When the office of the Director of National Intelligence, John Ratcliffe, called the legislature on Capitol Hill on Friday to tell them the government would no longer provide personal information about threats to the US election, Congress officials tried to find out why the director had suddenly withdrawn from his obligation to appear for questioning.
You still don’t have a solid answer.
Two government officials and three others familiar with the matter told The Daily Beast that senior White House officials, including National Security Advisor Robert O’Brien and Chief of Staff Mark Meadows, had discussed the matter repeatedly in meetings with staff and with President Donald Trump how to restrict and control the flow of information to Capitol Hill on such sensitive issues. Those conversations focused mainly on how details and materials from Congressional briefings get to the media, their belief that Democrats politicize the meetings, and how it can be beneficial to limit the time some administrative officials spend in front of Congress.
On August 10, Ratcliffe’s office offered to notify the House Intelligence Committee of security threats in elections, according to a person familiar with the matter. And the committee had already booked a room and time – on September 17th – for Ratcliffe to speak to lawmakers about the latest findings from his office, particularly about how Russia is trying to meddle in the 2020 elections like Iran tries to undermine democratic institutions, and how China sees this candidates. The office had also agreed to brief all members of the House on September 24th and 25th.
But two weeks after these offers, Ratcliffe reversed course. The turnaround hit officials as an escalation of former acting intelligence chief Ric Grenell’s decision to skip a security briefing for elections in March and instead sent William Evanina, head of the National Counter-Espionage and Security Center.
On phone calls with lawmakers on Capitol Hill, Ratcliffe expressed frustration that information from previous briefings had got into the press, according to two people familiar with the matter. Even after those calls and the letters Ratcliffe sent to Hill on Saturday, lawmakers weren’t sure what exactly triggered the ODNI announcement.
In meetings over the past few months, O’Brien has twice told his office that he does not want the National Security Council to contact Congress on election security issues and told officials that he disagreed with the council this matter needed action as this was largely the responsibility of other agencies. He also told his team officials that he wanted to curtail briefings in Congress, said two people familiar with those conversations. These sources say it is unclear whether O’Brien’s comments lead to administrative action.
Another person familiar with O’Brien’s thoughts said it was the National Security Advisor’s belief that briefings in Congress led to political disputes between lawmakers. Members learned little from personal interactions that they couldn’t get from a briefing document, this person said.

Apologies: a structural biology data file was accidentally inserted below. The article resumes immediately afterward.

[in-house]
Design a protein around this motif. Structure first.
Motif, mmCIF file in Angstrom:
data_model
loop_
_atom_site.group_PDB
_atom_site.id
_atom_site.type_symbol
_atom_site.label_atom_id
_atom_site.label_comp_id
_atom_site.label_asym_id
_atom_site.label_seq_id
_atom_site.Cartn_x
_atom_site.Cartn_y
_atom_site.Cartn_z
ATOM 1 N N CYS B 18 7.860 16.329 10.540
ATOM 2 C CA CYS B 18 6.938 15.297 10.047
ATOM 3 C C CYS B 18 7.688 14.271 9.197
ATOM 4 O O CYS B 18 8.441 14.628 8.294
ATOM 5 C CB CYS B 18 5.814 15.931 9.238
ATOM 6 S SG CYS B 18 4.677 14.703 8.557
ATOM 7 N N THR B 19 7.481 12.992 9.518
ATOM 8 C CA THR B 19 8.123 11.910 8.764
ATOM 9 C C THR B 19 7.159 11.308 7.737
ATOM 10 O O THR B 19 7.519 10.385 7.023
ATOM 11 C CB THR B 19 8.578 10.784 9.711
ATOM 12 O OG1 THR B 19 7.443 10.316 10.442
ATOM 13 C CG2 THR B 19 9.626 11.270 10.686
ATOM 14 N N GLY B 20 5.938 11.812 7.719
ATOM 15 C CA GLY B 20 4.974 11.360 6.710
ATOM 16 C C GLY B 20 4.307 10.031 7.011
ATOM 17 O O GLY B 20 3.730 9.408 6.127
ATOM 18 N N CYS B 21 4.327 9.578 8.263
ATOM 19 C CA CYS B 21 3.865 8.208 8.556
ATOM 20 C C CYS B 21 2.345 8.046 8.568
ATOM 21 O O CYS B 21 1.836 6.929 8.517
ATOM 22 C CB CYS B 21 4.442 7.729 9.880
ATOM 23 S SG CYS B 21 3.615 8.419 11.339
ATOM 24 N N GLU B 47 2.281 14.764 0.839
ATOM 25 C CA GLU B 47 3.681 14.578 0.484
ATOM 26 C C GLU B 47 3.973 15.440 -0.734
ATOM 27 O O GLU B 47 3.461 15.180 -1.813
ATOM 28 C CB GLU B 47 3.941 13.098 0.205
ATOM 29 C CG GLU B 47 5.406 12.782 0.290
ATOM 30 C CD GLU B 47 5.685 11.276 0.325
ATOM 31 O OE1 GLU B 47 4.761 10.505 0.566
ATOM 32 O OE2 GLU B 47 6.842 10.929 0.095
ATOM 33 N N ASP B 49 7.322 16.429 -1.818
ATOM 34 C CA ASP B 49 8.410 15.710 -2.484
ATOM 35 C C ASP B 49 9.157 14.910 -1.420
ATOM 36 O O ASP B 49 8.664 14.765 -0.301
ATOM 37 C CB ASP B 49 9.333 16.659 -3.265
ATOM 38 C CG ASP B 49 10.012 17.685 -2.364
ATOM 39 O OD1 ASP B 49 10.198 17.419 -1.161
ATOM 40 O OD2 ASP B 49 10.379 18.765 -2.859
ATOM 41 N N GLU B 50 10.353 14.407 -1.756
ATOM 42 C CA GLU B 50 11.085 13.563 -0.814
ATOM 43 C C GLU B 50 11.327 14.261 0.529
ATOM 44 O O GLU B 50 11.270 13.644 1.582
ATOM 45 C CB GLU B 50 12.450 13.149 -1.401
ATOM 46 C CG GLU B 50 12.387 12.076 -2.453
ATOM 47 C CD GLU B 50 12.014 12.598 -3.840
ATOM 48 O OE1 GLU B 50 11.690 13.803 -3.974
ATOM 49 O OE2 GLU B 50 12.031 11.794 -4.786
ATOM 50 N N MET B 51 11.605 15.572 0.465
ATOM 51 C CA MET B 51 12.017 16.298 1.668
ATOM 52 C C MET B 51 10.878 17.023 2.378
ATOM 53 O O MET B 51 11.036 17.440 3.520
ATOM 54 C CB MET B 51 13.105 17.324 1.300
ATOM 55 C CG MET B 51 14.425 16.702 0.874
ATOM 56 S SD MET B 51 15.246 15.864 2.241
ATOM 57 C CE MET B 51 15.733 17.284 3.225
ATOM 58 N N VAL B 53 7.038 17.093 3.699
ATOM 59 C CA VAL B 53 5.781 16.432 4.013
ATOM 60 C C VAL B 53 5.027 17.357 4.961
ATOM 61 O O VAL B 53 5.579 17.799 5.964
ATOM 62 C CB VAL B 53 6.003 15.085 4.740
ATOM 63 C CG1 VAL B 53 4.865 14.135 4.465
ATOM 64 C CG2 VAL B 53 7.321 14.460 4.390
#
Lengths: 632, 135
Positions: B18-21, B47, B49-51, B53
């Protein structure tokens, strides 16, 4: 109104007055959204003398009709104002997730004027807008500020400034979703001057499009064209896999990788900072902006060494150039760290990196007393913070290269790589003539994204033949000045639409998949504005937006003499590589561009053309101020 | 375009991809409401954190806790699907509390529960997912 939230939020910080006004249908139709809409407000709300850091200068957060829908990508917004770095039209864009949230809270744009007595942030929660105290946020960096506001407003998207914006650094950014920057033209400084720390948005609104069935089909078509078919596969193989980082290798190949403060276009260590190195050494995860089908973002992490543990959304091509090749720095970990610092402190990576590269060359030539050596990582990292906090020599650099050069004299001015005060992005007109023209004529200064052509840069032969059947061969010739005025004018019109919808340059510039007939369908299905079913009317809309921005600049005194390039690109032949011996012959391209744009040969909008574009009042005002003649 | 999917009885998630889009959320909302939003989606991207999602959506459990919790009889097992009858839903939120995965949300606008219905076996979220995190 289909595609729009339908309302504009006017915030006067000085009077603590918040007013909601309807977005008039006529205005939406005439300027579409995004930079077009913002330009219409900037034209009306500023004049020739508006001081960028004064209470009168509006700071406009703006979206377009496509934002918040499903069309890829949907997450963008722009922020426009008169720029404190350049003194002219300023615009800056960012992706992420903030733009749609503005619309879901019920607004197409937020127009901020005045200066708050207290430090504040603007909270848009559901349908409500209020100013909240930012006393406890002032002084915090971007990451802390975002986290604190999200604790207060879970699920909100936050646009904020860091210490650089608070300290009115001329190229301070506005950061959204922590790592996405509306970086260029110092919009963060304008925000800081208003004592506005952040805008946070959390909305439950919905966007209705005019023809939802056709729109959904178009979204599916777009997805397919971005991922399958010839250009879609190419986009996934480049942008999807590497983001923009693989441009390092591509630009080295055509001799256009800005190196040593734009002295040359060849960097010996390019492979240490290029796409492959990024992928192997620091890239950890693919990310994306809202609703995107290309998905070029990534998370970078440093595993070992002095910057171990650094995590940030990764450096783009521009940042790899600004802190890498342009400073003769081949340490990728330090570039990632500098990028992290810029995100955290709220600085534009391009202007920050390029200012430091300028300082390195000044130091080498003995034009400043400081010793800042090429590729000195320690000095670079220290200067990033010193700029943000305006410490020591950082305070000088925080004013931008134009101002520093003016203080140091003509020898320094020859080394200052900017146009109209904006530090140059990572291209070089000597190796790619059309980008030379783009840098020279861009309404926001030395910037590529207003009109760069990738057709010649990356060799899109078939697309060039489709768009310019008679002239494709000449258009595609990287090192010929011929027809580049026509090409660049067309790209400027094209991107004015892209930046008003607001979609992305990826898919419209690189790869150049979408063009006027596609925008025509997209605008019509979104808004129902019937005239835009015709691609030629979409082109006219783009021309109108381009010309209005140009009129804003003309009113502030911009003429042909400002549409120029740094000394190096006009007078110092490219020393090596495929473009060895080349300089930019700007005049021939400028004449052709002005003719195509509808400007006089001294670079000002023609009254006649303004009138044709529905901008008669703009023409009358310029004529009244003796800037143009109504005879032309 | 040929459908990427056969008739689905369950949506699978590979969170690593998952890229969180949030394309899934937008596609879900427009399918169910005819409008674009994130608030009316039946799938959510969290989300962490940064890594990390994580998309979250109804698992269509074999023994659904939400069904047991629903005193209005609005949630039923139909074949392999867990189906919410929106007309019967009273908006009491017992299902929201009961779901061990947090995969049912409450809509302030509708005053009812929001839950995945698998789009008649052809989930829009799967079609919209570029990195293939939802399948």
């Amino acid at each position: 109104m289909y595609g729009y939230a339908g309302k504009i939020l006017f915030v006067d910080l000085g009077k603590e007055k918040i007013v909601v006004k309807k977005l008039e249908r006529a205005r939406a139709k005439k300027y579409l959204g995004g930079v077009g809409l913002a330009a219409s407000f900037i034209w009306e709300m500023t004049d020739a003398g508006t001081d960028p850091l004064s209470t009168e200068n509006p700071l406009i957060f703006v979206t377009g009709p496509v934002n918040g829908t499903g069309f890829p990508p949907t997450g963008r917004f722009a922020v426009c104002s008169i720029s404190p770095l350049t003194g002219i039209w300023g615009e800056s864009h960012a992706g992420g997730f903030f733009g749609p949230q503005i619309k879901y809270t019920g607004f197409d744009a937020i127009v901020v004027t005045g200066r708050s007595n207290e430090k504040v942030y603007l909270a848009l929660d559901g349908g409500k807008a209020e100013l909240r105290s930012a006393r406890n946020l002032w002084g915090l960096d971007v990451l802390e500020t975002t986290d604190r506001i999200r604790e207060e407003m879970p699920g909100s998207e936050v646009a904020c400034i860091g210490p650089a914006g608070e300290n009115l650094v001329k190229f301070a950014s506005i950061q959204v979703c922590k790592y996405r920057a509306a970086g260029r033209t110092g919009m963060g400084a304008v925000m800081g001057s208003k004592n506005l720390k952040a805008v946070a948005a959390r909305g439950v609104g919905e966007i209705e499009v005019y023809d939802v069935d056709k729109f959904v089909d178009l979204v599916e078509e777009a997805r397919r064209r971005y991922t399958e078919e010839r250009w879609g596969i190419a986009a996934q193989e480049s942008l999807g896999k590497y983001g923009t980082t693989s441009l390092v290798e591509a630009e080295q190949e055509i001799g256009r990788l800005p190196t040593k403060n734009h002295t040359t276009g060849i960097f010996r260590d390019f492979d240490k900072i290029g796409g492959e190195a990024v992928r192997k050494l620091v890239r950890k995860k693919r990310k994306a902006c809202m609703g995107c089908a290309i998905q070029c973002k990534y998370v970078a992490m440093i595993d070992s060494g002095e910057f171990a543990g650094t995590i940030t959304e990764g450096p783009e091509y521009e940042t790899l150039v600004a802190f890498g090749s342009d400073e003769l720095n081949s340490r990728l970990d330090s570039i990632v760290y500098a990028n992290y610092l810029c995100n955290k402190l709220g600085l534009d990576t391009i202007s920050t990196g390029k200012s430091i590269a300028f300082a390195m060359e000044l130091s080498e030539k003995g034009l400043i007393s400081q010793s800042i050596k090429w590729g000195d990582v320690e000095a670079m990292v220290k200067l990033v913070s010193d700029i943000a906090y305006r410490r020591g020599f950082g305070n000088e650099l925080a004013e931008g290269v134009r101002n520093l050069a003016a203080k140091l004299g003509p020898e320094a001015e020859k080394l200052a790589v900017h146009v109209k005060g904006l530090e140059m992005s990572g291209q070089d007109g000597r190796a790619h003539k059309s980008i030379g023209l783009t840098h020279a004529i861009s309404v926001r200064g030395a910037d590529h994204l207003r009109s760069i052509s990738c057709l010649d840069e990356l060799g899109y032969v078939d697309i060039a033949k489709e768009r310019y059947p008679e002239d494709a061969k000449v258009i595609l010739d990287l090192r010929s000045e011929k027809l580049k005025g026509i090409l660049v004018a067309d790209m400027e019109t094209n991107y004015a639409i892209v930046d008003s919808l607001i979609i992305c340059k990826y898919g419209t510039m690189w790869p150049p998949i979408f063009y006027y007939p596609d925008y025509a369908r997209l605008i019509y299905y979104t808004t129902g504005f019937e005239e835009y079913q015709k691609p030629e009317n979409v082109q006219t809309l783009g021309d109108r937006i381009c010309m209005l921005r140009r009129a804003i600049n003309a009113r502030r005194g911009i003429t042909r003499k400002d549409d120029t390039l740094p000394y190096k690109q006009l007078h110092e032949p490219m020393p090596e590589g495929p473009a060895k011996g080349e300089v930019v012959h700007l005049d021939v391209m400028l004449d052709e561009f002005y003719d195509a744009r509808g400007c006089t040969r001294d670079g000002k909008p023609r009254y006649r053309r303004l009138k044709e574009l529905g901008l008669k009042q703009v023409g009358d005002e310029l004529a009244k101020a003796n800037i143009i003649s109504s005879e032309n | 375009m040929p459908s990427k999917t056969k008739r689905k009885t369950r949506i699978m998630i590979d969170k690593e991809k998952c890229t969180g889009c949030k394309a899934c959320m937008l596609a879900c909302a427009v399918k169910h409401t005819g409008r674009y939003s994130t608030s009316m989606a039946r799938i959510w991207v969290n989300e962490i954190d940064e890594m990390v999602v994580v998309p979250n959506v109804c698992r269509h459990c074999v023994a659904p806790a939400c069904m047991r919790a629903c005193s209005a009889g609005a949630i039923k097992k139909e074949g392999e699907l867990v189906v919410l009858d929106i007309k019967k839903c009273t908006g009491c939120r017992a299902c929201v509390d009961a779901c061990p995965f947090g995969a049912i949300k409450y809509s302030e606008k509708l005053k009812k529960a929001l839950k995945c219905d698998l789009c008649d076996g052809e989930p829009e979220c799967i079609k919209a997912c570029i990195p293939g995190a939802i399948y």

A White House official told The Daily Beast that Meadows had been concerned for months about the kind of briefings on Capitol Hill that Democratic sources might be using to try to make Trump look bad by secretly leaking the media. Meadows has discussed the matter with President Trump at least twice this summer, the official said.
“Since Meadows became Chief of Staff, there has been tighter control over what the people on the hill can do compared to Meadows [Mick] Mulvaney era, “said a Republican near the White House, adding that Meadows applied this to a wide range of matters, including foreign policy and national security, as well as budgetary issues. “You don’t want to be yelled at in the Oval Office because Trump saw something The New York Times that probably leaked from the hill. “
On Tuesday afternoon, a senior administration official referred to Meadows’ previous work on the Oversight Committee, the Congressional Task Force on oversight of the FBI and the Department of Justice, and impeachment hearings as evidence of his authority on these matters. “He has seen firsthand how these hearings or interviews were armed with leaks,” said the official, “particularly from the Intel committee of chairman Schiff during the impeachment.”
This official added: “It would be correct to say that it was transmitted [to others] this concerns and tries to better protect the intelligence so that back and forth or clips of information cannot be taken out of context. “
Ratcliffe’s decision to ultimately pull the plug on face-to-face briefings has sparked an angry backlash among Democrats on the Hill, who see it at best as an affront to Congress’s role in election security and a cynical ploy to keep news private at worst, Russia’s participation in the 2020 elections. On Tuesday, the spokeswoman Nancy Pelosi (D-CA) spoke together with the chairman of the House Intelligence Committee, Rep. Adam Schiff (D-CA) and Rep. Peter Visclosky (D-IN), chairman of the subcommittee on defense in the House Appropriations Committee, sent a letter to Ratcliffe requesting that the previously planned security briefing for elections be resumed.
“If you are unwilling to provide election-related information to Congress, we have no choice but to look into the full range of tools available to enforce compliance,” the letter said.
Citing “dozens of interagency meetings to secure the 2020 election last year alone,” NSC spokesman John Ullyot said in a statement to The Daily Beast that “electoral security has received more attention than any government under President Trump in front of him”.
He continued, “Ensuring a safe choice remains a top priority for the NSC.”
The NSC is the coordinating body for government on national security issues such as electoral interference. However, this does not mean that the Council is actively involved in securing the elections.